Traditionally the PC has been the main vehicle for real-time strategy games due to the sheer amount of command options due to controll limitations, but with the addition of voice commands, Tom Clancy’s Endwar attempts to show that the console can be home to similarly complex and engrossing strategy experiences; surprisingly, it succeeds, and while it may not surpass the PC’s greatest, it holds its own.
As with all Clancy games, Endwar takes places in the near future. The United States, a unified Europe, and Russia vie for world supremacy until the launch of a U.S. space station attempts to tip the balance, but the destruction of the station by a group of terrorists instigates the beginning of World War III. Merely a façade for the game, the story is bypassed almost completely to focus on the gameplay, so don’t expect any thrilling turn of events or interesting personas to be present here. But dropping the ball on the story does not carry over to the gameplay which is as solid as they come for real-time strategy games.
You take control of up to twelve individual units as you attempt to clear the map of your enemies. Using a basic rock-paper-scissor decision process you can order units to attack, and backup others or call in reinforcements. While this may not seem like much, when dealing with so many units on a large map it gets extremely complex very fast. Troop balancing is the name of the game as you are constantly challenged to focus on several different areas all at once, while the enemy AI does not let up on you. Here is where the voice command either makes or breaks your experience.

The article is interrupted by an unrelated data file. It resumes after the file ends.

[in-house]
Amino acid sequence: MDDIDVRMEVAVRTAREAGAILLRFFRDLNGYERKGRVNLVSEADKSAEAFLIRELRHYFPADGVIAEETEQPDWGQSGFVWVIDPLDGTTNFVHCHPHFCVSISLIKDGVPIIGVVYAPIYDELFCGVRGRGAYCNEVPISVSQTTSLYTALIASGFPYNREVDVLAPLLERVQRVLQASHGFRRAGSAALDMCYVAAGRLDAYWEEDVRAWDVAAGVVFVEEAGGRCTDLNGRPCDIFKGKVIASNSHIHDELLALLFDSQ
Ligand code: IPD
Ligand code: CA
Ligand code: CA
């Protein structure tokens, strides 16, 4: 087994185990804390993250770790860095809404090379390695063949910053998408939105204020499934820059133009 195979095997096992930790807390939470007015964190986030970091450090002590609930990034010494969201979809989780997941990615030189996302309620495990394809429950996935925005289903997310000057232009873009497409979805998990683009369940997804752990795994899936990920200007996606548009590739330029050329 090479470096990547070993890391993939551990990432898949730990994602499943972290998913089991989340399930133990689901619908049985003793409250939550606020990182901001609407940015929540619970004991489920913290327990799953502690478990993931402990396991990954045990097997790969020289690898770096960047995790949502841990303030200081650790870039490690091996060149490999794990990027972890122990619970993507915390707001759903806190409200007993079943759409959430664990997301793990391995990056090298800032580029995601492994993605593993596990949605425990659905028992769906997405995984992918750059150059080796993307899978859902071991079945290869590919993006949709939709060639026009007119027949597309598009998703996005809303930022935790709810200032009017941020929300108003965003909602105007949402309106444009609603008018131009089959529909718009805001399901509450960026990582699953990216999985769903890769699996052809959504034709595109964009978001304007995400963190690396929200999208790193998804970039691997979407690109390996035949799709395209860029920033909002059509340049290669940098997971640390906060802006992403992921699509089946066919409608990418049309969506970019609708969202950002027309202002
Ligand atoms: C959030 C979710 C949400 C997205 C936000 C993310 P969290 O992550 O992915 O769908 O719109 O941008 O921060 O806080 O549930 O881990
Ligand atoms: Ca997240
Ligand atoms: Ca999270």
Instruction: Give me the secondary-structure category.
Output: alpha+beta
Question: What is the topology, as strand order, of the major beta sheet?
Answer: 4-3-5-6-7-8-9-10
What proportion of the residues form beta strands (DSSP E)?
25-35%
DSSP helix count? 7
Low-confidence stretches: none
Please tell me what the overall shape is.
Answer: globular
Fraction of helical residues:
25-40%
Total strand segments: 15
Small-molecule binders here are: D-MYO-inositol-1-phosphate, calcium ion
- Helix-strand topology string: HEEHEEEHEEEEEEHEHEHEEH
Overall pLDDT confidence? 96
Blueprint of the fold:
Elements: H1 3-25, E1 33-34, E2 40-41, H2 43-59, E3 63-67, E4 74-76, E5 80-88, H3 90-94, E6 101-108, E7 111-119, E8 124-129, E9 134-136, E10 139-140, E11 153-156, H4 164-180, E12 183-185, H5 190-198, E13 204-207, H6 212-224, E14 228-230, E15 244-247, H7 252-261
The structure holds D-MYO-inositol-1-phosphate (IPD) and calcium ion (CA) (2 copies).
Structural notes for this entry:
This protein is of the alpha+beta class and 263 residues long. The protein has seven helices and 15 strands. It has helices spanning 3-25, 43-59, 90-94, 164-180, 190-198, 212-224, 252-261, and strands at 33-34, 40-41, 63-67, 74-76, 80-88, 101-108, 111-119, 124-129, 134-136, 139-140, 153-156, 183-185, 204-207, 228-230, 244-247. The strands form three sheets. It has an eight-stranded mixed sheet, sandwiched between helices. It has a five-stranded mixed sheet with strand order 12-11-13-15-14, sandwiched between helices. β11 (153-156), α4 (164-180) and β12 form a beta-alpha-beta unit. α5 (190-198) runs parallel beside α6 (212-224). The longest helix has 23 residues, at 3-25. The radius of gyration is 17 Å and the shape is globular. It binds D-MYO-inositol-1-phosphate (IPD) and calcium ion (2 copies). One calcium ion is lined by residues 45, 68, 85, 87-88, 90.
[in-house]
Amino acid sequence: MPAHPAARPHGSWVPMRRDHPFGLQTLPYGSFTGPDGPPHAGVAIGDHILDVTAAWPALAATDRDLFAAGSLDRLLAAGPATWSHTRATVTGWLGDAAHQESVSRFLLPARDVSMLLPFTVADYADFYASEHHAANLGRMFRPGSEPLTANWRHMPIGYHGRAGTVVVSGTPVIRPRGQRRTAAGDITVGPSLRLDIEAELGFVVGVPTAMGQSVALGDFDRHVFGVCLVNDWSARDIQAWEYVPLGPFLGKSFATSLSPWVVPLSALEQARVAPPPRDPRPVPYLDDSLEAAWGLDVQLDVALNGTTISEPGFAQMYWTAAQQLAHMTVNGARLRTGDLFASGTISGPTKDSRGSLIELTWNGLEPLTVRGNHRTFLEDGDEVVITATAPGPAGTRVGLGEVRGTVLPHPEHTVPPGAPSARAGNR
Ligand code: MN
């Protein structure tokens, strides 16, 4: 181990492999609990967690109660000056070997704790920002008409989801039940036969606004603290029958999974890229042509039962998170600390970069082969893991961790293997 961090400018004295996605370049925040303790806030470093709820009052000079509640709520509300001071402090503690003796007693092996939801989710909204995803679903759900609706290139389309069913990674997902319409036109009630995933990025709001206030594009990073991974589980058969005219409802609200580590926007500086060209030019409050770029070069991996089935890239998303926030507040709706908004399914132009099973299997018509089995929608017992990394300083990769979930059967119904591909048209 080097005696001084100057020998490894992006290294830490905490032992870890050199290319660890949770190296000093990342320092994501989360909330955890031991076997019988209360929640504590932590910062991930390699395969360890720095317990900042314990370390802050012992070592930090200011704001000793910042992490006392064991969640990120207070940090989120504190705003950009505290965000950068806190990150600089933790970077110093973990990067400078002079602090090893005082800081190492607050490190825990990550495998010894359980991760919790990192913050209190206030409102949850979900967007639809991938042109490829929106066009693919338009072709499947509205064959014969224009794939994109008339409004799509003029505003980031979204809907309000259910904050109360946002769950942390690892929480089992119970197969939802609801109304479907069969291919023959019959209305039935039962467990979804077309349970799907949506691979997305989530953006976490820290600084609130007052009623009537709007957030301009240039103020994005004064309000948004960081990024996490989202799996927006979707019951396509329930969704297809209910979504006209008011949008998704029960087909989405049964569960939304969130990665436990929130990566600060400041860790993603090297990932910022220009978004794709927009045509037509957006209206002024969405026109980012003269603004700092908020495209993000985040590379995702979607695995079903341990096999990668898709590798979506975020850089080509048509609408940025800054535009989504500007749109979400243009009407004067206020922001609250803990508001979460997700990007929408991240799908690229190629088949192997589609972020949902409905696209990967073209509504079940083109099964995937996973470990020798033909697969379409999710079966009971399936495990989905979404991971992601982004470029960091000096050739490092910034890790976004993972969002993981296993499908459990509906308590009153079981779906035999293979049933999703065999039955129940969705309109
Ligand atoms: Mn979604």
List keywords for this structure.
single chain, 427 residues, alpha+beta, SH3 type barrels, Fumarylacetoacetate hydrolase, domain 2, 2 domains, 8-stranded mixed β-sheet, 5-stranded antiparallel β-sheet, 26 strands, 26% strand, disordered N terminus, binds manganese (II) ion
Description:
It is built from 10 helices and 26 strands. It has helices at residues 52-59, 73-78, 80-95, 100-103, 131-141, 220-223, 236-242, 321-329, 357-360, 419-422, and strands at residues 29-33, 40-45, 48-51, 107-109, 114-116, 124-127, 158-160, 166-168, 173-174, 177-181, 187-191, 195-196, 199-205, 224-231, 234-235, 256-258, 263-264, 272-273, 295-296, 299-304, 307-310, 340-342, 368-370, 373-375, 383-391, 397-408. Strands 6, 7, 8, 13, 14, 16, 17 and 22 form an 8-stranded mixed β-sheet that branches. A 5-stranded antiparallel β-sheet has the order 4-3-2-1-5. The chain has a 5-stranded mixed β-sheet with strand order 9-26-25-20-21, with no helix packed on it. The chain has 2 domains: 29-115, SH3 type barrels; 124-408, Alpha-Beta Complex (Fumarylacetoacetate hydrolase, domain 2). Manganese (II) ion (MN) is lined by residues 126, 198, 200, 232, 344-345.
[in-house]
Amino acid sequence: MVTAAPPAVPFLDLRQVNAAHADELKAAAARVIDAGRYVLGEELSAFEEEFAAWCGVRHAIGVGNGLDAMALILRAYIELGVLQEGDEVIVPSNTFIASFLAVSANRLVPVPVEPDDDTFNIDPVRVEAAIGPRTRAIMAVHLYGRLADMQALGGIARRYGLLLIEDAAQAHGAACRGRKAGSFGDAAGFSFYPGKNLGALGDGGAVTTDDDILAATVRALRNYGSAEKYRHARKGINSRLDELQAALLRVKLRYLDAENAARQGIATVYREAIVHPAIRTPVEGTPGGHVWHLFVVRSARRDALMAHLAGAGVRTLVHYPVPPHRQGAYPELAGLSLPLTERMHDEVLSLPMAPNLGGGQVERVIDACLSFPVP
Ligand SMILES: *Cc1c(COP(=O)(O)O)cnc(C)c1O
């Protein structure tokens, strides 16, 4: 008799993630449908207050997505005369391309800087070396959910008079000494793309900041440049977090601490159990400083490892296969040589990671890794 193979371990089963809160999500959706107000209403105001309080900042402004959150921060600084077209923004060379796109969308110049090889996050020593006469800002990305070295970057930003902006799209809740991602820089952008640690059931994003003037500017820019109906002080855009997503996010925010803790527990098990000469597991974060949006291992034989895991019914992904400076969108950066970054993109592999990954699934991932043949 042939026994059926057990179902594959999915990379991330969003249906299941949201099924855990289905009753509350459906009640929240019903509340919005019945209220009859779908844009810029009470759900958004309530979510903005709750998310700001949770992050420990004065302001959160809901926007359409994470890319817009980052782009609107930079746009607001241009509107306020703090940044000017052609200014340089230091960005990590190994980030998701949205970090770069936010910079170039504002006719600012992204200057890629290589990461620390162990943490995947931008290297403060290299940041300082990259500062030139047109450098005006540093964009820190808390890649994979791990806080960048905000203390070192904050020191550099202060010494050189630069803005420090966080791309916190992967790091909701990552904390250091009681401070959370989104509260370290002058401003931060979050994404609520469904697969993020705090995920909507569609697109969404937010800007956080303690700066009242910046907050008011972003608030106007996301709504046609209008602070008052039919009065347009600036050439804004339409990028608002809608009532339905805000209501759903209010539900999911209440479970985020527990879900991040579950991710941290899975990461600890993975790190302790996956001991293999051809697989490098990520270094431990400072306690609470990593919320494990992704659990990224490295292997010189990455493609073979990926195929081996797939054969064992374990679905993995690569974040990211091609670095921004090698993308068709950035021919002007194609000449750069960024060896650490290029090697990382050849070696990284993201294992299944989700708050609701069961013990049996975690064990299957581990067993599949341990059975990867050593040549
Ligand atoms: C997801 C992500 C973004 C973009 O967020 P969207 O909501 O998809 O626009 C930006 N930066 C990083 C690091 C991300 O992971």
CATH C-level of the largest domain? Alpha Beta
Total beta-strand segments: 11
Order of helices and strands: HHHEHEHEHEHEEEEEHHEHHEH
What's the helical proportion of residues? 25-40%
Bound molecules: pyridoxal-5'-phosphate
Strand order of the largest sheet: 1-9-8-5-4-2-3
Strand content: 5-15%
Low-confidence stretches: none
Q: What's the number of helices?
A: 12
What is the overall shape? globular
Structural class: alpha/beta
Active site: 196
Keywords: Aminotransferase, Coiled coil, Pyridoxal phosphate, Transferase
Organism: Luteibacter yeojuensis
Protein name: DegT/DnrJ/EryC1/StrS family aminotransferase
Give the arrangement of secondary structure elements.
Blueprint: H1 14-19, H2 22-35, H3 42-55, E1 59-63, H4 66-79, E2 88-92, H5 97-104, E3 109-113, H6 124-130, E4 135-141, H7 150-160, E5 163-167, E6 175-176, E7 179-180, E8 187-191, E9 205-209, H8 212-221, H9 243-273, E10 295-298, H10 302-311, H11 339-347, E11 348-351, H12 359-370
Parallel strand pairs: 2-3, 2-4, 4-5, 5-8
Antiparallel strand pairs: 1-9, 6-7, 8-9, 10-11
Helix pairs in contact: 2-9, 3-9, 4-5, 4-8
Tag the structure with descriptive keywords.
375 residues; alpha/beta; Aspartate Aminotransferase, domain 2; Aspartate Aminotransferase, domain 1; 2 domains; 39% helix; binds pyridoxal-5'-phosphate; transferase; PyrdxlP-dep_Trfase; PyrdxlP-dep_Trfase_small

Using a headset, the voice recognition of Endwar does an extremely good job registering commands and simplifying gameplay to manageable levels. It is possible to play without the headset but the controls can’t keep up with the constantly changing situations and you will find yourself behind the power curve. This is especially the case should you take your game online to multiplayer mode, where anyone with a headset and half a brain will completely cream a controller-only foe.
The single player campaign is really a tutorial for going online; multiplayer is where all the action and challenge is. You can face off single player versus single player or more interesting are the 24 hour battles that you can drop in and out of. Either way if you aren’t playing with the voice commands, you are going to lose. Period.
Endwar is a great real-time strategy game that doesn’t pull any punches with its gameplay, even though it appears on a console. Graphics and especially sound help give a sense of urgency to a very complex title that should excite console fanatics who have been waiting for a decent RTS to call their own.
Review Score: 4/5
Plays Like: Complex real-time strategy based in the near-future
PROS: Highly complex, superbly executed and visually stunning
CONS: Complex for the common player and it is a significantly different play style without voice command capability